It is with regards to technicality that the Starfield falters. Driver control is only moderate, not muddy or boomy as its tuning is well-metered, but a touch loose and lacking the defined transients of some competitors. Decay is reasonably quick but there is a distinct lack of definition and a smoother texture so the sound is lacking some separation and organisation, especially noticeable on complex tracks such as Dirty Loop’s Next To You. Nonetheless, this low-end isn’t overtly sloppy and will be sure to engage with its depth, dynamics and clean tuning.


Mids –

The midrange, I find to be especially sensitive to the whims of the bass and treble. It is Moondrop’s close adoption of the Harman curve that grants this earphone a delightfully natural and refined midrange presentation one would not expect at this price. There’s a small dip in the lower-midrange providing bass/midrange separation before rising to prominent around 3KHz. As such, this isn’t a full-bodied sound, but one with mostly neutral tone and warmth alongside a slightly bright and vocal-forward presentation. In turn, its presentation is revealing and clean while well-metered bass emphasis upholds balance and imbues some additional body.


Vocals are a touch thin and slightly enlarged size with accurate articulation; lacking rasp or sibilance. The 4KHz region is also impressively linear, imbuing a lovely balance between delicacy and density while maintaining alluring openness and extension. There isn’t a hint of truncation here nor coolness despite lying on the brighter side. As the upper-midrange does sit forward, they are a touch intimate and, in terms of timbre, aren’t perfectly accurate. Still, they get darn close, the tuning is superb if you’re looking for clean, clear and natural vocals.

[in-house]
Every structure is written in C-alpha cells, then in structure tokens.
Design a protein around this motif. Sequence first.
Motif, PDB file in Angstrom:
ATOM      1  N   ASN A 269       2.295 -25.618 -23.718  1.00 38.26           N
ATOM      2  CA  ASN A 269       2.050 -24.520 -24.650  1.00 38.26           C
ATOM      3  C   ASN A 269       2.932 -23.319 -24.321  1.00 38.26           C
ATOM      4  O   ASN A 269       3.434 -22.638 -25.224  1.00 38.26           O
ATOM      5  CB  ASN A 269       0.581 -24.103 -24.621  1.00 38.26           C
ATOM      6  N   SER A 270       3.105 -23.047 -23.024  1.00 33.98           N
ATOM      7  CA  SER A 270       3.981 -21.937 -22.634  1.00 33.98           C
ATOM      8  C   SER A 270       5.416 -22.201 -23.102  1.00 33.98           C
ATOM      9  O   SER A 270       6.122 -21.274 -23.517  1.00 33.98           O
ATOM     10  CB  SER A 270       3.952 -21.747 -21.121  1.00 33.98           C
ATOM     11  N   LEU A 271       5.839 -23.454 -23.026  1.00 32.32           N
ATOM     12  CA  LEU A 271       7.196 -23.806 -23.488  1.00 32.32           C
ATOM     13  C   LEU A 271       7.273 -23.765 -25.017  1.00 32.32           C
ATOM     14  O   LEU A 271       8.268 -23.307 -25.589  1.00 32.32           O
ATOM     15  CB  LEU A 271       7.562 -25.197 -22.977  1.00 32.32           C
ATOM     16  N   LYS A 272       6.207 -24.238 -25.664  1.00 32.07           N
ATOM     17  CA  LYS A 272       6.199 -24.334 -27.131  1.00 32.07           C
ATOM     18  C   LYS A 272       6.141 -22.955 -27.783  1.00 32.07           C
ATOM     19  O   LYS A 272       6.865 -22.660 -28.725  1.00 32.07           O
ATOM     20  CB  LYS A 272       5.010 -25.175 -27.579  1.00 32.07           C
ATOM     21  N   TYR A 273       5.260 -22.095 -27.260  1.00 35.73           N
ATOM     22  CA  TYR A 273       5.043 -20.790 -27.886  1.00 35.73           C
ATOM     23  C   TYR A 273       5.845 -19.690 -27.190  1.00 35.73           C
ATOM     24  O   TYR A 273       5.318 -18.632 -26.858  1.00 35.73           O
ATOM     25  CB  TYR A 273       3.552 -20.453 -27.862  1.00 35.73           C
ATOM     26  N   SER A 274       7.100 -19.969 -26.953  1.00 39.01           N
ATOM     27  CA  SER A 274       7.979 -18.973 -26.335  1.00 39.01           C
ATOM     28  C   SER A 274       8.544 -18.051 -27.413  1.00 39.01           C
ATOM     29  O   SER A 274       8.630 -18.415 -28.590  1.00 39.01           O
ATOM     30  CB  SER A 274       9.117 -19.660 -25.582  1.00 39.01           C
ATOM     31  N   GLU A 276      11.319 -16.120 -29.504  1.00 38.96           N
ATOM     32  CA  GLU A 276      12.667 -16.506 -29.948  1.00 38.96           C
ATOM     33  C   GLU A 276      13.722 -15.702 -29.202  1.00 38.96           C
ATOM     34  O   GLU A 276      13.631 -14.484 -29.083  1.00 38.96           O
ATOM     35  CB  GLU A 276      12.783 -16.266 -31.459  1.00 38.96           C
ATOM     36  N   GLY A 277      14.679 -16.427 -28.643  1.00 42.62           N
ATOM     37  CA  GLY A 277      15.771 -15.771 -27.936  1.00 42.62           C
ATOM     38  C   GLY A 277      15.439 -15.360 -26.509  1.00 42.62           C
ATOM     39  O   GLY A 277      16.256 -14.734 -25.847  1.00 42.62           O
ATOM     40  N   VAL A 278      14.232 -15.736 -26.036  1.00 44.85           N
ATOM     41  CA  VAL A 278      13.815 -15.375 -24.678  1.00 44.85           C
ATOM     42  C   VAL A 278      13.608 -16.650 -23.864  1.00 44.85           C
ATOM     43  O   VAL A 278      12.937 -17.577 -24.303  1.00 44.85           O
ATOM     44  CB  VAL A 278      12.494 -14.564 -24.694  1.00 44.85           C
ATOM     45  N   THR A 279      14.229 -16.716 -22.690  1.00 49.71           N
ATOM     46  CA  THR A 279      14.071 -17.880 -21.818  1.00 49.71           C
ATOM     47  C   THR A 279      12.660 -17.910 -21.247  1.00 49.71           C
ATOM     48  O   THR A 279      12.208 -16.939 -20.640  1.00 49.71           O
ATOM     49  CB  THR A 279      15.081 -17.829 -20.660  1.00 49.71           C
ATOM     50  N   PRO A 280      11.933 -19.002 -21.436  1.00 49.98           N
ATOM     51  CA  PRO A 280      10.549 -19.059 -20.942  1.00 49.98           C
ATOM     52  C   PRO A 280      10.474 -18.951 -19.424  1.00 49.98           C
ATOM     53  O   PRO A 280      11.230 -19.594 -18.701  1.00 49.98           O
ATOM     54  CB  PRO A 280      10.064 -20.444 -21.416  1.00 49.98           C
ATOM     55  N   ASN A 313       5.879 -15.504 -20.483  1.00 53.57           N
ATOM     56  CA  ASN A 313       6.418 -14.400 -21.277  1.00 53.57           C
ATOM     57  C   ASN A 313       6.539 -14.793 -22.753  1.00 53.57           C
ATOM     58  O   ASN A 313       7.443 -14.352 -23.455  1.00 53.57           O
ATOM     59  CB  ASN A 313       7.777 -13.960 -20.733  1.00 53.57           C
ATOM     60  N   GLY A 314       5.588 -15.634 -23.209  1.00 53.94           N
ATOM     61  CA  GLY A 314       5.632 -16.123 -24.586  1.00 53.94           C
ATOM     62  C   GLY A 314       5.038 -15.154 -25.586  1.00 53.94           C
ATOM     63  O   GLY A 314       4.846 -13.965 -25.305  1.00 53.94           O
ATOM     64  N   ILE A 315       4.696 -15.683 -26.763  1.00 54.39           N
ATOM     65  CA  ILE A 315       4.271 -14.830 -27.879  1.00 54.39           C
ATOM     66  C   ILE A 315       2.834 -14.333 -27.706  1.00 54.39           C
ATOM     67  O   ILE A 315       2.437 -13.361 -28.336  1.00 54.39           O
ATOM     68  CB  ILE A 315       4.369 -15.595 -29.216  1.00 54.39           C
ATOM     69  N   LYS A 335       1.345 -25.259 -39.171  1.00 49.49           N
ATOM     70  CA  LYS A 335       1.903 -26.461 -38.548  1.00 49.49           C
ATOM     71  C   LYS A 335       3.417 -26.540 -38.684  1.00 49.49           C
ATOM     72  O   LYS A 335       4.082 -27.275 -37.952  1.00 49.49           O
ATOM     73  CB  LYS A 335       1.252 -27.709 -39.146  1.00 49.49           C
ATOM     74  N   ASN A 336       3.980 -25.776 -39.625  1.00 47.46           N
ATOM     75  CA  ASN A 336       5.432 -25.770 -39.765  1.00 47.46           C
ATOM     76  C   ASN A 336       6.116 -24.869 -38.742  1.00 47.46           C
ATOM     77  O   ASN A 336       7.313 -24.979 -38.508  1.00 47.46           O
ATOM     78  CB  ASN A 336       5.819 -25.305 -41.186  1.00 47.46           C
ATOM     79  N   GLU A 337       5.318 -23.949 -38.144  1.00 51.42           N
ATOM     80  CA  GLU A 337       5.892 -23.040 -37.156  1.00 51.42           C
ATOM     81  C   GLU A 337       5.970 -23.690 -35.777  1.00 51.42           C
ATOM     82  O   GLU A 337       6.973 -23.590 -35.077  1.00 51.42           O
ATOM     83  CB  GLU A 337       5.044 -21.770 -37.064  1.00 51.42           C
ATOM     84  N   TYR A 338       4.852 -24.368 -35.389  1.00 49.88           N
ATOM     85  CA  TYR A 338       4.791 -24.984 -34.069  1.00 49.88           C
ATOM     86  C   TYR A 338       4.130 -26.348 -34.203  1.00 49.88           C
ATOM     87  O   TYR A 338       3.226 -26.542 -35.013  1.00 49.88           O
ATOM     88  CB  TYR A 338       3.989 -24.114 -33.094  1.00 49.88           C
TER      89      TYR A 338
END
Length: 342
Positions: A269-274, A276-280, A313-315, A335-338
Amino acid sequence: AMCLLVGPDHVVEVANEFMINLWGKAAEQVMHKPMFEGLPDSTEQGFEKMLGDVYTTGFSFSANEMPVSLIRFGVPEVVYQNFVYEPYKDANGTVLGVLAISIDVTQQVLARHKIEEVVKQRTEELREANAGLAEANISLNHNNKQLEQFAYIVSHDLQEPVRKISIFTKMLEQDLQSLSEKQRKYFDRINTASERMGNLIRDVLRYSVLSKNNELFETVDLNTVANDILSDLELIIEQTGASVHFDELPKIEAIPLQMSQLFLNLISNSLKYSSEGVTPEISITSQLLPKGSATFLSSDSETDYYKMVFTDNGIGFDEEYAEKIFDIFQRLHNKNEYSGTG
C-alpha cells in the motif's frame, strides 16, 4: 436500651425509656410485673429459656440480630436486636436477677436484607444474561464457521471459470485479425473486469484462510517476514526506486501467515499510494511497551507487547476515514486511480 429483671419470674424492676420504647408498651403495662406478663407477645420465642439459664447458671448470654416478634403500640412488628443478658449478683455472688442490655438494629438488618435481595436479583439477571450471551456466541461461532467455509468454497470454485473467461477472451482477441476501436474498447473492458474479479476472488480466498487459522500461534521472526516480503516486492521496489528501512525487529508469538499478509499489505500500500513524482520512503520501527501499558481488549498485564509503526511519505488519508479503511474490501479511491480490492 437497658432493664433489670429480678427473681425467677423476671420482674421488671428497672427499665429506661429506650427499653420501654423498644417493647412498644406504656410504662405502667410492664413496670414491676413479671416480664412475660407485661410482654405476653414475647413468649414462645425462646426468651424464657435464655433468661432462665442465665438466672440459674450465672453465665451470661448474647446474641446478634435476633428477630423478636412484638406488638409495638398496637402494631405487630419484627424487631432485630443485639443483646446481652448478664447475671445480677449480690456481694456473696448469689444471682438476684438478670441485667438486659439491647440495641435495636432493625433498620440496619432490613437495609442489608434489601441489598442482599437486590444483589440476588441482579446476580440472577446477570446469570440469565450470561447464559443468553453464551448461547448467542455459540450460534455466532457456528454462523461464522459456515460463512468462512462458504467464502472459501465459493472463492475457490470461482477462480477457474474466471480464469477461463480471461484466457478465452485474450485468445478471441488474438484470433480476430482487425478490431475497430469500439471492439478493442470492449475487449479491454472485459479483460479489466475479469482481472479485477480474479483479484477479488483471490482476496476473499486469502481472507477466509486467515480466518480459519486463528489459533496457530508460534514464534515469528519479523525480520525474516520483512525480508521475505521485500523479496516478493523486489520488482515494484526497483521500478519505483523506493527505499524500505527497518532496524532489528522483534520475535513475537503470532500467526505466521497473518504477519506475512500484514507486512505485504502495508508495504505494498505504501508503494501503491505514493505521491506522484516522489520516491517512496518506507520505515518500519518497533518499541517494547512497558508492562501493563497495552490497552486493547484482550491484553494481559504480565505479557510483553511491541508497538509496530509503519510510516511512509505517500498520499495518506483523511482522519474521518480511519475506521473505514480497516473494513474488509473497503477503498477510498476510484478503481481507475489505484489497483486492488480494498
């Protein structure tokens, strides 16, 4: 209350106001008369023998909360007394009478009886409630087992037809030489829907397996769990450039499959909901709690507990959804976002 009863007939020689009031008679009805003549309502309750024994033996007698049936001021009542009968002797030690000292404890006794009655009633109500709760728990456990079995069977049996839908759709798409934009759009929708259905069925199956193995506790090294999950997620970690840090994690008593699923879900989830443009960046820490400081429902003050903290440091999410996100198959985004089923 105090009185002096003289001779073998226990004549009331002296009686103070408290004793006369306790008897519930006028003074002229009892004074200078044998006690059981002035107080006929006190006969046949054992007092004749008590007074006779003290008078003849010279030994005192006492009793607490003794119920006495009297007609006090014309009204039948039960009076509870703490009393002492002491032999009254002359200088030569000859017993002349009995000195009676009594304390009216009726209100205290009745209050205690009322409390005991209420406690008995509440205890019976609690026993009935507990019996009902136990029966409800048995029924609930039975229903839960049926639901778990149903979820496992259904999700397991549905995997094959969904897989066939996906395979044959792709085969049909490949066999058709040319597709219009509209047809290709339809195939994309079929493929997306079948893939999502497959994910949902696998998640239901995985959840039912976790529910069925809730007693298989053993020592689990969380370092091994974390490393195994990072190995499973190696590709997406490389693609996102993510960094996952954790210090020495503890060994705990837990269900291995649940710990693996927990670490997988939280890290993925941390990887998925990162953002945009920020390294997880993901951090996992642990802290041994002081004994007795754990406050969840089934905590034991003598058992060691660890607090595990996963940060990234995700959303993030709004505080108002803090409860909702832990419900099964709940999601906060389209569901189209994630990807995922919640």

Of course, such a positive impression comes with a disclaimer, personal preference is key. Those valuing coherence will still want to consider that this isn’t a warm or rich earphone with perfectly resolved notes. From a technical standpoint, I can also see a similar trend as the low-end with resolution being middle of the road as are layering and dimension. In the grand scheme of things, I would personally have preferred a slightly denser and smoother voicing by toning down the upper-midrange. However, I would honestly be challenged to find a more desirable combination of midrange qualities around this price point.


Highs –

Beyond establishing a detailed and extended image, tuning the high-end has been a source of much deliberation in the audio world and surely is an area that many are sensitive to. The Starfield is well refined here, with the dynamic driver taking the sharp edge off transients while retaining plenty of crispness and presence. The lower-treble is a touch smooth, sitting just behind the upper-mids while the middle-treble has a small peak around 8KHz before a sharp fall-off. This imbues a pristine sense of clarity while ample instrument body is derived from lower emphasis. Resultantly, highs don’t sound brittle, splashy or strident in the slightest.

Instrumentation is clean and crisp while detail retrieval is excellent even if this isn’t immediately apparent due to their smoothness. Body is somewhat thin while note attack is smooth, thereby preventing the top-end from fatiguing the listener and contributing to a more controlled and composed image. The background is dark and clean with a moderate amount of air and background detail retrieval. A peak in the upper-treble also contributes to clean transients and even a touch of sparkle. Extension is quite good as is resolution though obviously, the sound isn’t abounding with micro-details and minutiae. It is, nonetheless, a well-metered tuning that is natural for the most part with an uptick of air and final octave energy


Soundstage –